Most of the world eats insects – only in North America, Europe and Australia do people not usually include this staple in their diets. Yet insects as food provide quality nutrients (protein, omega-3 fatty acids, minerals and vitamins) and are an excellent environmentally and ecologically beneficial alternative to the production of expensive beef and other animal meats. Currently 70% of agricultural land is used for the production of meat. So were more of that land used to farm certain insects, the amount of food produced would increase. Consider the fact that 10 kilos of feed produce 1 kilo of beef or 9 kilos of locusts, a large grasshopper. So with one-sixth of the world’s population considered malnourished, dragonflies, waterbugs, termites, caterpillars and as many as 1,000 different insect species could well supplement the 10 or so animals usually eaten in the West.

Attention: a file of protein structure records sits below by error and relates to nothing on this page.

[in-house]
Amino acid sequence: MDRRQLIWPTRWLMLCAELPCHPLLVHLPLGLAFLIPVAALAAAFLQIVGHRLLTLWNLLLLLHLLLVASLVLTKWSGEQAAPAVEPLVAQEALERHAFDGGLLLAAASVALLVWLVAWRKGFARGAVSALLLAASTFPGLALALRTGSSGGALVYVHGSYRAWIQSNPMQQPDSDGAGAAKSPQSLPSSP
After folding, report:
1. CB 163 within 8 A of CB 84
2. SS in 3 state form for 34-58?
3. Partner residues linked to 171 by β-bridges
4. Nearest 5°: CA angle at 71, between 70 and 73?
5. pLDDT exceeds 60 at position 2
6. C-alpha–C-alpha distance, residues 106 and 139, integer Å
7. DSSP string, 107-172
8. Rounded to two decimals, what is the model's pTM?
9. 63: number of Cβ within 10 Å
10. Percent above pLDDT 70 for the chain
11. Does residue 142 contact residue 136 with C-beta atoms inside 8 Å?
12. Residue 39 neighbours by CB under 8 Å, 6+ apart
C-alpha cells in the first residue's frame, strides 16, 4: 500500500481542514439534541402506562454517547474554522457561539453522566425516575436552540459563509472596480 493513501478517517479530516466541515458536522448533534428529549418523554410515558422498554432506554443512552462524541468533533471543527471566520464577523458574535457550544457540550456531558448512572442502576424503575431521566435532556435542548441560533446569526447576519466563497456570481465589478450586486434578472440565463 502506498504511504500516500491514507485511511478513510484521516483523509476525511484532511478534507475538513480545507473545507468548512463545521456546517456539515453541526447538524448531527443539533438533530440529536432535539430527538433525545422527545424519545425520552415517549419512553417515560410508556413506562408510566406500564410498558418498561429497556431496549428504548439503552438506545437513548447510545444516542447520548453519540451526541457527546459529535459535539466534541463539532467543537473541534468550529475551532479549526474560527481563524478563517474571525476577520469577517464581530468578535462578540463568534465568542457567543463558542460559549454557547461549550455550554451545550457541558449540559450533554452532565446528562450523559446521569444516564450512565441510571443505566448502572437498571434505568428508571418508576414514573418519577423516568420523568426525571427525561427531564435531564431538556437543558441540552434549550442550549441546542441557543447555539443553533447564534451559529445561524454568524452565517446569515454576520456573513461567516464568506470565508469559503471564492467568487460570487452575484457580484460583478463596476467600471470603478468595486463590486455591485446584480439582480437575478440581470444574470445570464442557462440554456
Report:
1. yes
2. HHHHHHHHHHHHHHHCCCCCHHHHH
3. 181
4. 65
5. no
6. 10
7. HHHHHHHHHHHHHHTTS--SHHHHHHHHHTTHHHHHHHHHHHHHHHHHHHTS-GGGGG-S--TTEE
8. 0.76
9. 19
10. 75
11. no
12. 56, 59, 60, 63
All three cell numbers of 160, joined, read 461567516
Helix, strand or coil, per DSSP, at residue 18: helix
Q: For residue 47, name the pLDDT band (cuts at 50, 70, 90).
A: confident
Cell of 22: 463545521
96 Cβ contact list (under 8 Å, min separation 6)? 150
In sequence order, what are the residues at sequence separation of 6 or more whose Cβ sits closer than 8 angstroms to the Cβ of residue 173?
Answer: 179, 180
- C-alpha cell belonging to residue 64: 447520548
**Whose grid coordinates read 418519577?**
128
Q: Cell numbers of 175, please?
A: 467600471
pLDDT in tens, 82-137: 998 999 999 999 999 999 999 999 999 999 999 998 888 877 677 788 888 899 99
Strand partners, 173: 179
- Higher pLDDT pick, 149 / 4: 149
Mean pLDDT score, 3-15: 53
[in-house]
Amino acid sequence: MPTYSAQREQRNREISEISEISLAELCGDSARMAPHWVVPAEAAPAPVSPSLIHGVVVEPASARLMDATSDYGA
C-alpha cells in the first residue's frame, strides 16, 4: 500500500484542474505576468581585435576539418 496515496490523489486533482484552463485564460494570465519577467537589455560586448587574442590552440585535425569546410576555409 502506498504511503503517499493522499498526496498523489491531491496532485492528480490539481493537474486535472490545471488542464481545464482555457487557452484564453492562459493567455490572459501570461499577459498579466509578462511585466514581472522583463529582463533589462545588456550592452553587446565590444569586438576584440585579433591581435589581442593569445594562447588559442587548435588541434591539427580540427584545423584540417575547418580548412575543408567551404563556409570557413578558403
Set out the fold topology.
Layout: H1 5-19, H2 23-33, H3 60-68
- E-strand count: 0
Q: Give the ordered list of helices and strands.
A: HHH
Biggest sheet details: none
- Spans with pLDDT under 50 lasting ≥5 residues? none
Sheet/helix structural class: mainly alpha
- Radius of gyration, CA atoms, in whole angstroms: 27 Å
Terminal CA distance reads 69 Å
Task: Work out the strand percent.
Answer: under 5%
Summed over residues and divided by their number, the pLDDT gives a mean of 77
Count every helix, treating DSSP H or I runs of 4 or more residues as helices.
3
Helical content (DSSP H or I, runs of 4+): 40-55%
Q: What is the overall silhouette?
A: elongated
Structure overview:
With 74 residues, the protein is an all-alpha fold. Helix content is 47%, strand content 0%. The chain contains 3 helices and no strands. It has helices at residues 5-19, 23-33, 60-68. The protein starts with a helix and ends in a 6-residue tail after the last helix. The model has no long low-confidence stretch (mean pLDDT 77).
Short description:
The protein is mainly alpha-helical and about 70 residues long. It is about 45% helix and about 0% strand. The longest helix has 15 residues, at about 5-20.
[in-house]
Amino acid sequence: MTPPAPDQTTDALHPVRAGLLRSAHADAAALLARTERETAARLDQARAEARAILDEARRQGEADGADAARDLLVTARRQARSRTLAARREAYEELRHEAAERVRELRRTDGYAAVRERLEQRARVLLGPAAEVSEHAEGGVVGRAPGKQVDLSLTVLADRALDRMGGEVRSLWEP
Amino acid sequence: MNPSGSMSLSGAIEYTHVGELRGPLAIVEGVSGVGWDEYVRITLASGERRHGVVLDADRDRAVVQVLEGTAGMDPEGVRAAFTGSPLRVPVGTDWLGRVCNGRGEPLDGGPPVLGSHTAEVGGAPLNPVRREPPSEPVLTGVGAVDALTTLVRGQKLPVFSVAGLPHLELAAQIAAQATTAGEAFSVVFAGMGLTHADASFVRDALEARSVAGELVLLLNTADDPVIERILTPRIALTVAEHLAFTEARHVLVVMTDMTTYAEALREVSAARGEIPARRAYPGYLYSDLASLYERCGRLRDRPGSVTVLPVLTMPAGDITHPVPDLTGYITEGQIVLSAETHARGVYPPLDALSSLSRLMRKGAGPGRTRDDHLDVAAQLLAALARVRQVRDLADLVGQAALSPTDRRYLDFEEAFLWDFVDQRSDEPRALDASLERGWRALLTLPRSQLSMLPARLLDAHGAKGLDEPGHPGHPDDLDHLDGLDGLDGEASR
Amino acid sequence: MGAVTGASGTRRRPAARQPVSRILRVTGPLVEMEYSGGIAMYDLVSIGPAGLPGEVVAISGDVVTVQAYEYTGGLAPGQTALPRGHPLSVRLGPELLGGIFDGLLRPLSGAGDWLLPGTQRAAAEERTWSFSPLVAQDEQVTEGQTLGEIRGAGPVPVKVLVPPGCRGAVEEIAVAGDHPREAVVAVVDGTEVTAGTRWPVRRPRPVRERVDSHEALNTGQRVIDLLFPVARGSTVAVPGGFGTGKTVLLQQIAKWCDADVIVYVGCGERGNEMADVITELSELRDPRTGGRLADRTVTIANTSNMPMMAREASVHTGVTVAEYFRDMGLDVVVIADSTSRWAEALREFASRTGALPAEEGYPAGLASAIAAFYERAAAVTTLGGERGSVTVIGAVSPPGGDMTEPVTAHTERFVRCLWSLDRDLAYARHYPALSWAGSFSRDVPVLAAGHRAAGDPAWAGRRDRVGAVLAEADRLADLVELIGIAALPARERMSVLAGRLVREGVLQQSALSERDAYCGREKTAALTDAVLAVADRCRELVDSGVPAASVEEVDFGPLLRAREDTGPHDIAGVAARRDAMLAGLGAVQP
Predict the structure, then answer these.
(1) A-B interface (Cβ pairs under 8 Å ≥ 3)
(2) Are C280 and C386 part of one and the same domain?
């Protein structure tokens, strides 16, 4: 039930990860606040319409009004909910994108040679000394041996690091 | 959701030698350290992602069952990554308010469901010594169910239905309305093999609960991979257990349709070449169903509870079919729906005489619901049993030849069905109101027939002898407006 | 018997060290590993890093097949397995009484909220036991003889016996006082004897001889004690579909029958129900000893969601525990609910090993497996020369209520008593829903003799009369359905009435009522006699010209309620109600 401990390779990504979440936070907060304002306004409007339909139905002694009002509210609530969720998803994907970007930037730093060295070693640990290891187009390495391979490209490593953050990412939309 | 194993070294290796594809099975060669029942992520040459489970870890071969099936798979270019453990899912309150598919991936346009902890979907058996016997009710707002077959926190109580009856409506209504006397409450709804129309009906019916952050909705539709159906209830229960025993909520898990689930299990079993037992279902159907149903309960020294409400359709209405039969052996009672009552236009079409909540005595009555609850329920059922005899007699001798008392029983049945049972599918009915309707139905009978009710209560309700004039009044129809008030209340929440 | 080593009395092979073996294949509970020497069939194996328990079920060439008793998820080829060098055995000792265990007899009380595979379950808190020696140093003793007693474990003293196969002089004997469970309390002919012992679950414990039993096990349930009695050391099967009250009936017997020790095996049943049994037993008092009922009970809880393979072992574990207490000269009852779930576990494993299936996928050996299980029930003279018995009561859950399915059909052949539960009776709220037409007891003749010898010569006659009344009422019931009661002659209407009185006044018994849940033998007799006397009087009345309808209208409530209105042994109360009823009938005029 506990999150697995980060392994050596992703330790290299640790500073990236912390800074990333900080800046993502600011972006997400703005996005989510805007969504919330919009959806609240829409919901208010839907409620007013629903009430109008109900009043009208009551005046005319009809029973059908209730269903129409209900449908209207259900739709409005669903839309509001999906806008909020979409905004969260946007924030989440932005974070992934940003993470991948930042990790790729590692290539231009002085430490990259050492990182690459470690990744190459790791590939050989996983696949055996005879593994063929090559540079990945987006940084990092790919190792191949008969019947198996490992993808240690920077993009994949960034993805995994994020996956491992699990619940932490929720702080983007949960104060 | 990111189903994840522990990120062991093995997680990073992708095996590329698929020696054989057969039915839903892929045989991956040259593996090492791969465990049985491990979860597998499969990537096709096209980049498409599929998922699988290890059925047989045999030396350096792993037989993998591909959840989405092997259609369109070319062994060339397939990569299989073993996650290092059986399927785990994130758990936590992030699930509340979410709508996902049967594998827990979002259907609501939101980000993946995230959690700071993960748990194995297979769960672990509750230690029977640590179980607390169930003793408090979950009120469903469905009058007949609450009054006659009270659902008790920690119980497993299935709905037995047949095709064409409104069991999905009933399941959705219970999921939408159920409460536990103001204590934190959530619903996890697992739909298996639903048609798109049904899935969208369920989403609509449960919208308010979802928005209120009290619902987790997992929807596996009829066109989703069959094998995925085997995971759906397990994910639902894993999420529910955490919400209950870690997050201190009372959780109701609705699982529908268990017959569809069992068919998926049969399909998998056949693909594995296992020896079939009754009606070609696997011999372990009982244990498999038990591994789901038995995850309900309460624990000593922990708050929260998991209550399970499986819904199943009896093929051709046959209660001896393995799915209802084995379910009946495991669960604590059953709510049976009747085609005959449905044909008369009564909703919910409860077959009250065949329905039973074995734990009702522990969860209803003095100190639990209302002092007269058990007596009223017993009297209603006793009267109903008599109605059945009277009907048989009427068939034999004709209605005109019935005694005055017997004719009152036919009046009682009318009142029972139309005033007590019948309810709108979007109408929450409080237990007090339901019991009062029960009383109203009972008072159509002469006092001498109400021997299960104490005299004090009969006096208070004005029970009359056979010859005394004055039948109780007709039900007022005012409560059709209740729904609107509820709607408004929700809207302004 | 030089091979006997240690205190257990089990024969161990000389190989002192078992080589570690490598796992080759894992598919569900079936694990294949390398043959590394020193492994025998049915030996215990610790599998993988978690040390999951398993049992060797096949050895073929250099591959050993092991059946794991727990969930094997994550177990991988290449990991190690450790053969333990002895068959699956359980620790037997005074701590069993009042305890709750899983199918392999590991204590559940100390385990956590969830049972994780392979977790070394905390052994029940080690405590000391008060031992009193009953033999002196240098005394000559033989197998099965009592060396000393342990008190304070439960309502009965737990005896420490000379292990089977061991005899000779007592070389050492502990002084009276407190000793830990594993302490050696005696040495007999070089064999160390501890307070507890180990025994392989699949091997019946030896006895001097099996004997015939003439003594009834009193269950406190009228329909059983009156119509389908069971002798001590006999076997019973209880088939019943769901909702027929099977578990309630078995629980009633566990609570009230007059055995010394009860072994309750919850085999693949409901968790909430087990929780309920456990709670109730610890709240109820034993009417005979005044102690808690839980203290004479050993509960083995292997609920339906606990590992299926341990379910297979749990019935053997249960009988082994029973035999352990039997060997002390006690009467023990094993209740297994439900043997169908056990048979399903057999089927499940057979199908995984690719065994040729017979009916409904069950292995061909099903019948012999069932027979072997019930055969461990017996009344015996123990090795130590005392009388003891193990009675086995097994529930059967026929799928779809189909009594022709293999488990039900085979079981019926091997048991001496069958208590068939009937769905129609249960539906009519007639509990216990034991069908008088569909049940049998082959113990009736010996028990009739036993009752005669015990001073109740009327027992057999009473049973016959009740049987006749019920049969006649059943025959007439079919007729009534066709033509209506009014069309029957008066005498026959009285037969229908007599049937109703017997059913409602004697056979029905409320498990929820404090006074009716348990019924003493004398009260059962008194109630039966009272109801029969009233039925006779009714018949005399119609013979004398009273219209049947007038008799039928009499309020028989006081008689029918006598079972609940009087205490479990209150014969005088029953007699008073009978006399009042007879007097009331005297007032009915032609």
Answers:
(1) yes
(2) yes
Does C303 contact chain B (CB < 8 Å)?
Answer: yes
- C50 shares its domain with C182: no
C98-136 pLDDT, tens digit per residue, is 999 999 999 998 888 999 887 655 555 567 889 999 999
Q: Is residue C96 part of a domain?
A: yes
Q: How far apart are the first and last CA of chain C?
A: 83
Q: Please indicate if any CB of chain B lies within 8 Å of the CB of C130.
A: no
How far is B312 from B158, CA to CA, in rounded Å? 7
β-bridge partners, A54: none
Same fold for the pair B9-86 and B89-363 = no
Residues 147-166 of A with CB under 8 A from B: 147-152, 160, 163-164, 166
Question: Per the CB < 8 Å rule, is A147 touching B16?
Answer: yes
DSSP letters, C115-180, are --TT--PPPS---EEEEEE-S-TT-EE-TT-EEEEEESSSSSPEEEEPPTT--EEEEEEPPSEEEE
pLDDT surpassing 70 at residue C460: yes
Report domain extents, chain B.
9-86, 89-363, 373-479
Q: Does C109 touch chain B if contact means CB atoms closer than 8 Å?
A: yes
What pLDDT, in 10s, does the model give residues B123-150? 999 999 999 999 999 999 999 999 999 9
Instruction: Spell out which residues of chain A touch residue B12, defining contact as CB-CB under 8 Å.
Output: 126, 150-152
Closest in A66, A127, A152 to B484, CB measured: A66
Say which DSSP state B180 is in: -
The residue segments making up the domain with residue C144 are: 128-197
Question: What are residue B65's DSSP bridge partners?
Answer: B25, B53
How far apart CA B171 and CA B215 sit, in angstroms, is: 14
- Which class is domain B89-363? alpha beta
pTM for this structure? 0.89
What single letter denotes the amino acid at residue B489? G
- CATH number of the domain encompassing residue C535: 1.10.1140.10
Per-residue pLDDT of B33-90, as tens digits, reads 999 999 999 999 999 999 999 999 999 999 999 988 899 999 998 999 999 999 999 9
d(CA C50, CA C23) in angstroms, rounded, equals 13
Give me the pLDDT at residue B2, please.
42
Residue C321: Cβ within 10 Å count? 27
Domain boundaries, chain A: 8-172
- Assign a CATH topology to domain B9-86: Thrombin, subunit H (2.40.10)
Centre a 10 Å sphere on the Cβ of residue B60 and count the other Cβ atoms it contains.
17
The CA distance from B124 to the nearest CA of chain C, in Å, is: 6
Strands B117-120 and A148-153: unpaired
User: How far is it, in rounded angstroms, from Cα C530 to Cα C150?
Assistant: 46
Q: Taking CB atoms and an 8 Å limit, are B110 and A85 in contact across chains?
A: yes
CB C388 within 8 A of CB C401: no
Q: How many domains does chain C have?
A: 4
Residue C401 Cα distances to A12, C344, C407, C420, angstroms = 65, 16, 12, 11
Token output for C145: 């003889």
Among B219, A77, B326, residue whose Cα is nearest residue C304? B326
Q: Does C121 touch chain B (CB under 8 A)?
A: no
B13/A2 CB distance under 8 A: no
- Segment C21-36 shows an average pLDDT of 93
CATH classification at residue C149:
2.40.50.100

But attitudes about eating insects must change in the parts of the world where they are not normally consumed, if they are to contribute widely to the global diet. Yet according to Professor Marcel Dicke at Wageningen University in the Netherlands, even in the West about 500 grams of insects per year are eaten per person. Insect parts can be found in tomato juice, soup or ketchup, in chocolate and in peanut butter – in fact in most processed foods. Thus changing our attitudes should not be too difficult.
Ant or beetle, anyone?